Background Before 2008 GUM provision in BFG comprised one central and two satellite GUM clinics. Run by a F/T consultant and 3 or 4 nurses, it covered an area the size of Scotland with little primary care input. Since 2008 Guy's and St. Thomas' [GSTT] and SSAFA Forces Help have held the contract to provide GUM services to the BFG population. The contract was for a nurse-led service with consultant cover provided remotely and through monthly visits from the UK.
Aim To increase provision of screening and management of STIs across BFG by the new [reduced] staff.
Objectives To modernise the GUM service; to develop the 15 primary care medical centres across the region to provide level 1 and 2 GUM service, and to offer out-reach screening to soldiers and school children.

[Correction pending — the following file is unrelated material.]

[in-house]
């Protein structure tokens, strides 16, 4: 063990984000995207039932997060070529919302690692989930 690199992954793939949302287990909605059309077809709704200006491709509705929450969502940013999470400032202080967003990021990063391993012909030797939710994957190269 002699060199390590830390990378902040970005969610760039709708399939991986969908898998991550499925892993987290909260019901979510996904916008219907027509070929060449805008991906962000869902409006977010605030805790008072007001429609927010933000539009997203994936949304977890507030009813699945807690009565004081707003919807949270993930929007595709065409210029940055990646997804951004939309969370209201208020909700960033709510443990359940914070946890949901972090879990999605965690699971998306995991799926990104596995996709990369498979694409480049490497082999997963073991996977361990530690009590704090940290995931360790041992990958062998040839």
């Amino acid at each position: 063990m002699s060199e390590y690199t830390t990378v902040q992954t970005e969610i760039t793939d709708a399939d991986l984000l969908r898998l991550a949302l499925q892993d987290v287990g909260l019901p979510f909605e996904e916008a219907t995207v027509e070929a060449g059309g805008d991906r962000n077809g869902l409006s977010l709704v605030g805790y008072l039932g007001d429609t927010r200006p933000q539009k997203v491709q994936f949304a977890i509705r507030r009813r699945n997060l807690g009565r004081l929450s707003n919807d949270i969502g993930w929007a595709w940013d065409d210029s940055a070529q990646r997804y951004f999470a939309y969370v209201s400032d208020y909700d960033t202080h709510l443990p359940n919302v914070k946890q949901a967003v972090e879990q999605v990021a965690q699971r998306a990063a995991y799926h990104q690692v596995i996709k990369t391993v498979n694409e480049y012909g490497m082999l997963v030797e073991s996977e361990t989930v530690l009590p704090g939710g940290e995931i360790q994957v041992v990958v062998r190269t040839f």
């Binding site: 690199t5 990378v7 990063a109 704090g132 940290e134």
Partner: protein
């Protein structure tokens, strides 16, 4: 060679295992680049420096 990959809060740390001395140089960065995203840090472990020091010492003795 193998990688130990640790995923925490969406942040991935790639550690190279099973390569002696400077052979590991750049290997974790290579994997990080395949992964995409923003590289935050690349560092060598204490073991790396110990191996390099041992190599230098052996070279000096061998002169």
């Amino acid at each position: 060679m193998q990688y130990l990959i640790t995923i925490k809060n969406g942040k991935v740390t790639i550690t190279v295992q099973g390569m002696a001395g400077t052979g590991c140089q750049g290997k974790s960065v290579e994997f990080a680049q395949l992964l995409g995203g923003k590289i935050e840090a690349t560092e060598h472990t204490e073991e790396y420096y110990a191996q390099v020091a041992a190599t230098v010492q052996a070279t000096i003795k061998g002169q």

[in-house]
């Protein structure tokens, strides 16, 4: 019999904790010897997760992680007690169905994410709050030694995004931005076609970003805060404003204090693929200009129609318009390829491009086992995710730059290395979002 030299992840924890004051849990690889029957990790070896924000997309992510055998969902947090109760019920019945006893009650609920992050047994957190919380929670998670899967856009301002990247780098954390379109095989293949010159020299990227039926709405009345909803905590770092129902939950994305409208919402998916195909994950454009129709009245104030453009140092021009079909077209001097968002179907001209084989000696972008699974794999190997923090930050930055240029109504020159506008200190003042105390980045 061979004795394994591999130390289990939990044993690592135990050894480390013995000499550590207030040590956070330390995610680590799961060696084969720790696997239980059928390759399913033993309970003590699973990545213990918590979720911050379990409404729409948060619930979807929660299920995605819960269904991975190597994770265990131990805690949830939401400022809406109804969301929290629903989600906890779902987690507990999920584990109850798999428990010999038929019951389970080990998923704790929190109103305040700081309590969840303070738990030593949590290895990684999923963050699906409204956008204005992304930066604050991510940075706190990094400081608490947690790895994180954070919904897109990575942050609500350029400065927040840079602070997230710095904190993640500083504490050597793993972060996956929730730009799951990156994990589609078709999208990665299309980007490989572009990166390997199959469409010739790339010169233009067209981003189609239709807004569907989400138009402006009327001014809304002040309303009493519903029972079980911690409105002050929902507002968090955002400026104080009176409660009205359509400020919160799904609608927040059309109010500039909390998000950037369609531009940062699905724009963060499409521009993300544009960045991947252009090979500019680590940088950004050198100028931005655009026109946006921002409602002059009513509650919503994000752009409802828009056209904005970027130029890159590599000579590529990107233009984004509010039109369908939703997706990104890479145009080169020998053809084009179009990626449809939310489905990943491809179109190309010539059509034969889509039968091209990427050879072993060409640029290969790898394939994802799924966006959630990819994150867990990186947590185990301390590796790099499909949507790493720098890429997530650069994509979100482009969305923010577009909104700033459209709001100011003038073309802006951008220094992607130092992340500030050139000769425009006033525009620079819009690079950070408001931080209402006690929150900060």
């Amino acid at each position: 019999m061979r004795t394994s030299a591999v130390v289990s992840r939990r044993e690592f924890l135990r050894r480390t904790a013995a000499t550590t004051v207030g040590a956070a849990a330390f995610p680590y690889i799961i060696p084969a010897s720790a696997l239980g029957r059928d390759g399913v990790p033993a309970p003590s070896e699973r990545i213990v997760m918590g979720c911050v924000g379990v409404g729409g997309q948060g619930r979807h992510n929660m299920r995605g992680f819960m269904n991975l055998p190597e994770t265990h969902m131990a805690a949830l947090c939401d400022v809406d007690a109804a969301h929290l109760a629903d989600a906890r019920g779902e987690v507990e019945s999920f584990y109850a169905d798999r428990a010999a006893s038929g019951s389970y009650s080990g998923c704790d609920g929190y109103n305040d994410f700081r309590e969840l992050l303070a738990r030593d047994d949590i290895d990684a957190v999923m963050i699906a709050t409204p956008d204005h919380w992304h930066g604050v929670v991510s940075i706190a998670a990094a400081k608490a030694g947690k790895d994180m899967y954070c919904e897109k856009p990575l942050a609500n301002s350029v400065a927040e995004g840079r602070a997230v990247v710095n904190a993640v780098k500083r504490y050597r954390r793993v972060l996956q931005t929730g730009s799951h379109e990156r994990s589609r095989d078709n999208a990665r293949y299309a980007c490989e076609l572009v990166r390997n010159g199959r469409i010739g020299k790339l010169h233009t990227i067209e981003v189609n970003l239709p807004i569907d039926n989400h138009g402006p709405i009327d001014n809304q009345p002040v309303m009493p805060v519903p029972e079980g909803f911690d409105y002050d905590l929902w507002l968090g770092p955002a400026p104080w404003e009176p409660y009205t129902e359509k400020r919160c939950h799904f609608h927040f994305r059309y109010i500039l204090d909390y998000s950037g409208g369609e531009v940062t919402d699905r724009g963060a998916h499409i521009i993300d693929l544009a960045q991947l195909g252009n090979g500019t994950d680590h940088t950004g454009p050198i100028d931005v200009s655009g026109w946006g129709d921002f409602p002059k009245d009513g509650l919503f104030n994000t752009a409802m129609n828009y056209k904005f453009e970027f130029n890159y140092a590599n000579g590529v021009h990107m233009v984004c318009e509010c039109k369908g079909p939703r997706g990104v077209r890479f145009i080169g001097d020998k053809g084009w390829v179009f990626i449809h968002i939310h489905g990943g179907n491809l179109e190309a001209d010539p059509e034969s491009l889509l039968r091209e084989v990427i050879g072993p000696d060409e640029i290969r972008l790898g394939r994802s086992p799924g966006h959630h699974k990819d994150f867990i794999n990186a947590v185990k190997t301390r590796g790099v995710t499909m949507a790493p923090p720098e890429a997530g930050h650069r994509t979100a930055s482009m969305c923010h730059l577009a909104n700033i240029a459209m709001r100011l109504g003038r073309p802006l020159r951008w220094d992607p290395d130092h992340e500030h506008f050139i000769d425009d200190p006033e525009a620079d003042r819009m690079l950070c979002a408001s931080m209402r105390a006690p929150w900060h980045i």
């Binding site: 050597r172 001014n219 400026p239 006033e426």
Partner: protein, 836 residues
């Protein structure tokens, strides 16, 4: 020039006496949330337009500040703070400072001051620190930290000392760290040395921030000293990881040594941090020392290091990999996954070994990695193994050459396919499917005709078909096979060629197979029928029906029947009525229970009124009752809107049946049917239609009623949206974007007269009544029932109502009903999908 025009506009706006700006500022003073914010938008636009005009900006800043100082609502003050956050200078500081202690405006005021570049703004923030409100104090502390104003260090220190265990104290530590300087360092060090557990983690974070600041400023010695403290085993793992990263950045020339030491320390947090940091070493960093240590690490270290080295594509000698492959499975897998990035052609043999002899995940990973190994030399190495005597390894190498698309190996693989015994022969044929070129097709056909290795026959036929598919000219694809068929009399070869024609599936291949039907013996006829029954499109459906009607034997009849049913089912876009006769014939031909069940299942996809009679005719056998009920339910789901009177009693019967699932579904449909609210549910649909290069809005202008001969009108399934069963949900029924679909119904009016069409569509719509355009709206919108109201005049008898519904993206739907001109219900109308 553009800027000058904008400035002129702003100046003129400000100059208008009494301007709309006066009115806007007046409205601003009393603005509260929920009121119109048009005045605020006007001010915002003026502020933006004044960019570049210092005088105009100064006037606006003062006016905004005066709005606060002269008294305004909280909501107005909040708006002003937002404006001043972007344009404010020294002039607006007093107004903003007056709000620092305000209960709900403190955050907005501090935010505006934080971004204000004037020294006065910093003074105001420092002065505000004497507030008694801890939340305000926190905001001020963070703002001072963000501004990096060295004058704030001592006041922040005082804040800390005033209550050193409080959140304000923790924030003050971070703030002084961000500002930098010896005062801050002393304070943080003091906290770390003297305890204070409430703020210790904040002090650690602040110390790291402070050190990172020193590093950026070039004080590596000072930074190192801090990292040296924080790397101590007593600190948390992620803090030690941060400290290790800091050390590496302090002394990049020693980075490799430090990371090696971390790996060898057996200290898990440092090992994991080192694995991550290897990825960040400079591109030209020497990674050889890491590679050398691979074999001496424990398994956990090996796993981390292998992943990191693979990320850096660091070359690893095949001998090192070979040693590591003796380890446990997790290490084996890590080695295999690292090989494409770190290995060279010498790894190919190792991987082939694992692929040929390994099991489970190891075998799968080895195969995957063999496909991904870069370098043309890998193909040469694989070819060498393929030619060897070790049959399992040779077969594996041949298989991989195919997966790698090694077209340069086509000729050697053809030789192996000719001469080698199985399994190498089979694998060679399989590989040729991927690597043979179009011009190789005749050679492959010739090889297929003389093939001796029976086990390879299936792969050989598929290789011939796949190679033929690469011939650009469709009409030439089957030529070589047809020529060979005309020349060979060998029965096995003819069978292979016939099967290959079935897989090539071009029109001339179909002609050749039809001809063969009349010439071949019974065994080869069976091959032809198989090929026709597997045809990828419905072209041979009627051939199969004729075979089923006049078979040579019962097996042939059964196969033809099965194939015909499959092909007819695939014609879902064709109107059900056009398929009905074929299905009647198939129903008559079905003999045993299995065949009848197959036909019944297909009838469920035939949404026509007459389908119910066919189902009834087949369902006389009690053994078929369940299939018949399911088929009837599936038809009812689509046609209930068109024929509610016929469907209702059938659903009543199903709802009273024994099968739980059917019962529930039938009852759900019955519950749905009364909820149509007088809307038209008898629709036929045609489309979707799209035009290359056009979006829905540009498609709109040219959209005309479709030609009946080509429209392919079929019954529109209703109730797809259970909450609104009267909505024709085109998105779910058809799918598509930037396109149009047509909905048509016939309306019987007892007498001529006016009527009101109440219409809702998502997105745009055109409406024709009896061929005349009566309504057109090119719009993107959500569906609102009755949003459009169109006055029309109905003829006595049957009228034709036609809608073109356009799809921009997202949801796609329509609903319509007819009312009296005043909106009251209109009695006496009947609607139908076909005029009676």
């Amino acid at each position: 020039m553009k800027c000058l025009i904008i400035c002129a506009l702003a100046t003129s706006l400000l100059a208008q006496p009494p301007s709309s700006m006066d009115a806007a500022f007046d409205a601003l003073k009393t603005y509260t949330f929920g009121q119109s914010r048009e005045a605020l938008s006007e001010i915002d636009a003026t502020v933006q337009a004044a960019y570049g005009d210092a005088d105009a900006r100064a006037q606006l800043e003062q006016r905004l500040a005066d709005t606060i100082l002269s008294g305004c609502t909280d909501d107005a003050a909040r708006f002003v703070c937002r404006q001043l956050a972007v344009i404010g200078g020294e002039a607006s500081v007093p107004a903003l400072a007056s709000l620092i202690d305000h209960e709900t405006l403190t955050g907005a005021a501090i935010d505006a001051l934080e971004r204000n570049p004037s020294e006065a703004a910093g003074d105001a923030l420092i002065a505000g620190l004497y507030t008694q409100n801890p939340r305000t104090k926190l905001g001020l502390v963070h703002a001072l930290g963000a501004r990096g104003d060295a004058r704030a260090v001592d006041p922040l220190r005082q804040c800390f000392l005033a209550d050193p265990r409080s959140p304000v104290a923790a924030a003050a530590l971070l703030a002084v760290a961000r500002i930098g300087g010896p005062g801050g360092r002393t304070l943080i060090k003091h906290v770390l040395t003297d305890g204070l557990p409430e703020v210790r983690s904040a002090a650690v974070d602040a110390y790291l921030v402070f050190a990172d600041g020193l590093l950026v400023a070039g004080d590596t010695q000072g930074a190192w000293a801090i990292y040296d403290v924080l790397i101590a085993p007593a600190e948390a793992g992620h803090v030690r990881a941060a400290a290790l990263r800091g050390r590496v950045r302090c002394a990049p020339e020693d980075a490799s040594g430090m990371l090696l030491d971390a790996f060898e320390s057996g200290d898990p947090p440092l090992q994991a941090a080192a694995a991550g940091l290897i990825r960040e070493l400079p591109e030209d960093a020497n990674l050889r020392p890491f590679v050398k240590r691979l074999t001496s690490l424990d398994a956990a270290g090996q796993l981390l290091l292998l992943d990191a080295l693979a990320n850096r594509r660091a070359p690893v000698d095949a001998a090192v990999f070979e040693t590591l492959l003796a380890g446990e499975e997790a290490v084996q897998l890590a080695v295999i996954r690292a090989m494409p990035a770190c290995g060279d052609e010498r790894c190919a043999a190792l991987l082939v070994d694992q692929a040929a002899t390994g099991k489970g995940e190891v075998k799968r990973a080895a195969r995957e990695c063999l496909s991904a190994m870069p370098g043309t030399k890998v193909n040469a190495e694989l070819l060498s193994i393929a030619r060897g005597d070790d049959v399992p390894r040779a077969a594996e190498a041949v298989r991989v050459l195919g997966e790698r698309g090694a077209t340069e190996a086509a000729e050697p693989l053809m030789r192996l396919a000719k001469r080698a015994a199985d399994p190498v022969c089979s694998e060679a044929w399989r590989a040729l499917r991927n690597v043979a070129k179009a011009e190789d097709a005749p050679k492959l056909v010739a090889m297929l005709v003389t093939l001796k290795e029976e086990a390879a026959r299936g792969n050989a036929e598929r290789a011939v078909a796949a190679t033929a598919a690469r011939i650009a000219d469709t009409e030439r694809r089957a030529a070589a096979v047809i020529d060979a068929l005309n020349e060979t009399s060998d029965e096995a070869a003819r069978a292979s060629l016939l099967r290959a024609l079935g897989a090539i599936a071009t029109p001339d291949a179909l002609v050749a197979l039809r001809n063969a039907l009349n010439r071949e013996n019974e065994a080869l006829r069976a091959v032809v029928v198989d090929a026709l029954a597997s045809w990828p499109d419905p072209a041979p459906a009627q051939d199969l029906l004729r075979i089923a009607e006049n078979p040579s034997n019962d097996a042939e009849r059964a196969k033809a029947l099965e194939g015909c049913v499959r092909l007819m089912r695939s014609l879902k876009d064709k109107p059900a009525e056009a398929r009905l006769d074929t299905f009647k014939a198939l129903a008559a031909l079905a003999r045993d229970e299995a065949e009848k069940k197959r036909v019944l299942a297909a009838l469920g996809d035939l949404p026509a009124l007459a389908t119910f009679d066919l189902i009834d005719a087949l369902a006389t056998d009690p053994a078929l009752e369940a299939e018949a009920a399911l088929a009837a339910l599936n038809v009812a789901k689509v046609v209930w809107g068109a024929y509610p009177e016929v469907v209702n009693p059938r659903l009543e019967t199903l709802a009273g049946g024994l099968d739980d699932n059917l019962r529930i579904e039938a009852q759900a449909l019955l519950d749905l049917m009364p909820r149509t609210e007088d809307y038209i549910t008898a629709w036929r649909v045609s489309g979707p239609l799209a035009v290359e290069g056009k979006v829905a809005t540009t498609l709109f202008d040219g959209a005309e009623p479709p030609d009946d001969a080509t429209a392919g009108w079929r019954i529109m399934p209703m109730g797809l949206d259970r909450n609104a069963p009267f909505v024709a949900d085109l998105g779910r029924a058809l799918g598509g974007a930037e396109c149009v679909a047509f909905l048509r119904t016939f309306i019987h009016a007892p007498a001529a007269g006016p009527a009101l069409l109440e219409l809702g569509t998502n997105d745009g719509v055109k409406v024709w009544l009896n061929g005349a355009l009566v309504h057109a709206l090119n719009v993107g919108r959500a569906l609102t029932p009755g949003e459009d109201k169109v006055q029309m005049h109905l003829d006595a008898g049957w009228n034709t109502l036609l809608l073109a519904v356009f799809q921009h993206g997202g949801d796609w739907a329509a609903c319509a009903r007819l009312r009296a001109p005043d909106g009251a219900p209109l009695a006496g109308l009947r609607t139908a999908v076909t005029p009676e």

Methods The labs replaced routine cultures and chlamydia PCR with dual NAATs making it cost neutral. We modernised the GUM service and encouraged testing, especially for HIV. Training for primary care providers included STIF courses. Once trained, GPs supported their nurses to deliver screens. The GUM nurses visited medical centres to encourage and support provision. We also instituted young peoples' services for schools and targeted screening to soldiers at Health Fairs.
Results 60 multi-professionals have attended our STIF courses, mean evaluation score is 4.4/5. We used figures from the lab servicing the majority of BFG. Despite a steep decline in the community [soldiers, their dependants and contractors] from 46k in 2008 to 36k in 2011, there has been a marked improvement in all measures of SH provision. The GUM workload has also risen and HIV tests have doubled.
Conclusions We describe a successful, innovative, cost effective model for a nurse-led GUM service which could be used elsewhere. There is now a vastly increased availability of STI screening for our scattered, high-risk population. We will present data for 2008–2011 by age and gender (see abstract P131 table 1).